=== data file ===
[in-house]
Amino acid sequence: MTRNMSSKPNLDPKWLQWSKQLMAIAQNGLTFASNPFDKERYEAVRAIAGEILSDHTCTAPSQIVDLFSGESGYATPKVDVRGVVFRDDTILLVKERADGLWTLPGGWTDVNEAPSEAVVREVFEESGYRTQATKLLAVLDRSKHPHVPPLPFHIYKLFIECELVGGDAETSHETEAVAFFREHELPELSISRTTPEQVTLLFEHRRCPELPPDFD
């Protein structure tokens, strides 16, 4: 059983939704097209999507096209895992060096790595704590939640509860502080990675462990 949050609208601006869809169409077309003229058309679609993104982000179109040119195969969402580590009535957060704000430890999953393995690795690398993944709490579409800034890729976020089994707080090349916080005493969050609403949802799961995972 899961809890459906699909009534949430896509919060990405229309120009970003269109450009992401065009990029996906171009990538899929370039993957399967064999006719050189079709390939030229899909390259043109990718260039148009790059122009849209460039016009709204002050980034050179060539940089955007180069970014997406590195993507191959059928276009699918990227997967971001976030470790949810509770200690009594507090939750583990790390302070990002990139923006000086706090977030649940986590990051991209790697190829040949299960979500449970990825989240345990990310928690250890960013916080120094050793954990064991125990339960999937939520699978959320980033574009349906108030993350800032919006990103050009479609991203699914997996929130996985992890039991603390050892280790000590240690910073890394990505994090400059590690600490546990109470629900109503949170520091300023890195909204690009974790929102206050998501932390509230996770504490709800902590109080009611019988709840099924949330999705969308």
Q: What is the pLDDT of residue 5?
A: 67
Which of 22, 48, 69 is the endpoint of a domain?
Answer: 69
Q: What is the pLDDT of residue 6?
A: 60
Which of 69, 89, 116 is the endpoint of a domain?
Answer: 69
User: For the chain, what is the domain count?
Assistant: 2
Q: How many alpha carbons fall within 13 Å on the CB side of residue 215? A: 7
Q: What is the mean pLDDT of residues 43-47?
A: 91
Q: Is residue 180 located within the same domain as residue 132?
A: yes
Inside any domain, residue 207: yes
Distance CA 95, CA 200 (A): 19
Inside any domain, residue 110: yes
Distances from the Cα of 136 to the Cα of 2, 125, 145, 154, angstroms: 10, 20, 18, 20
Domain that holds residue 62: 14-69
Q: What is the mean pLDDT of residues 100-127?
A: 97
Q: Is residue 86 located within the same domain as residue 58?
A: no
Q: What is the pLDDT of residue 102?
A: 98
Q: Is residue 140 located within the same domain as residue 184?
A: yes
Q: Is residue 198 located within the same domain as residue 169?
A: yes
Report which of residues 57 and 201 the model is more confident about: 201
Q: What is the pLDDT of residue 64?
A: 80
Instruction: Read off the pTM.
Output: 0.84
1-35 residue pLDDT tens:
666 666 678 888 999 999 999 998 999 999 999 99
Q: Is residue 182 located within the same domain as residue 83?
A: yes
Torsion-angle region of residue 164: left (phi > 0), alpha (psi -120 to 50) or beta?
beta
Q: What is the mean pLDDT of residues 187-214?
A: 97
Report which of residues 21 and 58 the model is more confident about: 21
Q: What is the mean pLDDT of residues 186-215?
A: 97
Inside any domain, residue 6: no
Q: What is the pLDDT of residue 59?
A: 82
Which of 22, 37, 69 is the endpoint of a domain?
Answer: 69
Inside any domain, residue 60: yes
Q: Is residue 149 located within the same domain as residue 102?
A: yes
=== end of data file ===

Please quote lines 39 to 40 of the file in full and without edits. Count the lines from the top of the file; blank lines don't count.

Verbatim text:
1-35 residue pLDDT tens:
666 666 678 888 999 999 999 998 999 999 999 99